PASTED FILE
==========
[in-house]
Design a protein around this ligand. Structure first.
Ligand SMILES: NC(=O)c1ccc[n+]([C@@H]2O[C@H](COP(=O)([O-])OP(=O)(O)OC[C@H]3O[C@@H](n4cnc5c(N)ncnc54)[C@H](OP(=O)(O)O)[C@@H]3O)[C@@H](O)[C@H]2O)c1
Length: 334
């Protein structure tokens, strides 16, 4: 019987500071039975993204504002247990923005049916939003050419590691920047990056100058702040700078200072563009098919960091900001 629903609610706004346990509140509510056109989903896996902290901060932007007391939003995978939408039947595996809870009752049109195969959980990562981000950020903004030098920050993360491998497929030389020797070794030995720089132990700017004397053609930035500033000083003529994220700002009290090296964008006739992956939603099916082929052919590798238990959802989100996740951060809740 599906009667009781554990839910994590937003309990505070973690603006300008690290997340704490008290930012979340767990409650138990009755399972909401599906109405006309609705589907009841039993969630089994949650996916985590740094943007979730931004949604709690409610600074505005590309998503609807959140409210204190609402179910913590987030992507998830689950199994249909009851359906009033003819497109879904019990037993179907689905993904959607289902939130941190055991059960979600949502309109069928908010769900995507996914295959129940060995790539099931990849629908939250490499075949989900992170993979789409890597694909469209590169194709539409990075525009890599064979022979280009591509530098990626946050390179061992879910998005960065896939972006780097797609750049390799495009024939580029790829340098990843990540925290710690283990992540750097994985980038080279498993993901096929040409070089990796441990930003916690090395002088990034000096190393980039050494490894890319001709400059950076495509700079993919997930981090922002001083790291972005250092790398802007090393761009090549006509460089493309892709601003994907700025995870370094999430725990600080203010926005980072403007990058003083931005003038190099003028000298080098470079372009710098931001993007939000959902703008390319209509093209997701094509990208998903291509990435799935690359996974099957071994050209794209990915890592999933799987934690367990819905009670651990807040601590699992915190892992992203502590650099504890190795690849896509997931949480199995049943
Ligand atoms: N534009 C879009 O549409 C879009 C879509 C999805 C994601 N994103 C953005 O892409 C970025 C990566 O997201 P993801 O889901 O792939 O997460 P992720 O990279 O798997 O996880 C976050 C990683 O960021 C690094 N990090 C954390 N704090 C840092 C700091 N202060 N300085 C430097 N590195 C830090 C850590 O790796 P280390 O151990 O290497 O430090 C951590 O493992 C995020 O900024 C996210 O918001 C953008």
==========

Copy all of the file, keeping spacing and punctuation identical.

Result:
[in-house]
Design a protein around this ligand. Structure first.
Ligand SMILES: NC(=O)c1ccc[n+]([C@@H]2O[C@H](COP(=O)([O-])OP(=O)(O)OC[C@H]3O[C@@H](n4cnc5c(N)ncnc54)[C@H](OP(=O)(O)O)[C@@H]3O)[C@@H](O)[C@H]2O)c1
Length: 334
């Protein structure tokens, strides 16, 4: 019987500071039975993204504002247990923005049916939003050419590691920047990056100058702040700078200072563009098919960091900001 629903609610706004346990509140509510056109989903896996902290901060932007007391939003995978939408039947595996809870009752049109195969959980990562981000950020903004030098920050993360491998497929030389020797070794030995720089132990700017004397053609930035500033000083003529994220700002009290090296964008006739992956939603099916082929052919590798238990959802989100996740951060809740 599906009667009781554990839910994590937003309990505070973690603006300008690290997340704490008290930012979340767990409650138990009755399972909401599906109405006309609705589907009841039993969630089994949650996916985590740094943007979730931004949604709690409610600074505005590309998503609807959140409210204190609402179910913590987030992507998830689950199994249909009851359906009033003819497109879904019990037993179907689905993904959607289902939130941190055991059960979600949502309109069928908010769900995507996914295959129940060995790539099931990849629908939250490499075949989900992170993979789409890597694909469209590169194709539409990075525009890599064979022979280009591509530098990626946050390179061992879910998005960065896939972006780097797609750049390799495009024939580029790829340098990843990540925290710690283990992540750097994985980038080279498993993901096929040409070089990796441990930003916690090395002088990034000096190393980039050494490894890319001709400059950076495509700079993919997930981090922002001083790291972005250092790398802007090393761009090549006509460089493309892709601003994907700025995870370094999430725990600080203010926005980072403007990058003083931005003038190099003028000298080098470079372009710098931001993007939000959902703008390319209509093209997701094509990208998903291509990435799935690359996974099957071994050209794209990915890592999933799987934690367990819905009670651990807040601590699992915190892992992203502590650099504890190795690849896509997931949480199995049943
Ligand atoms: N534009 C879009 O549409 C879009 C879509 C999805 C994601 N994103 C953005 O892409 C970025 C990566 O997201 P993801 O889901 O792939 O997460 P992720 O990279 O798997 O996880 C976050 C990683 O960021 C690094 N990090 C954390 N704090 C840092 C700091 N202060 N300085 C430097 N590195 C830090 C850590 O790796 P280390 O151990 O290497 O430090 C951590 O493992 C995020 O900024 C996210 O918001 C953008």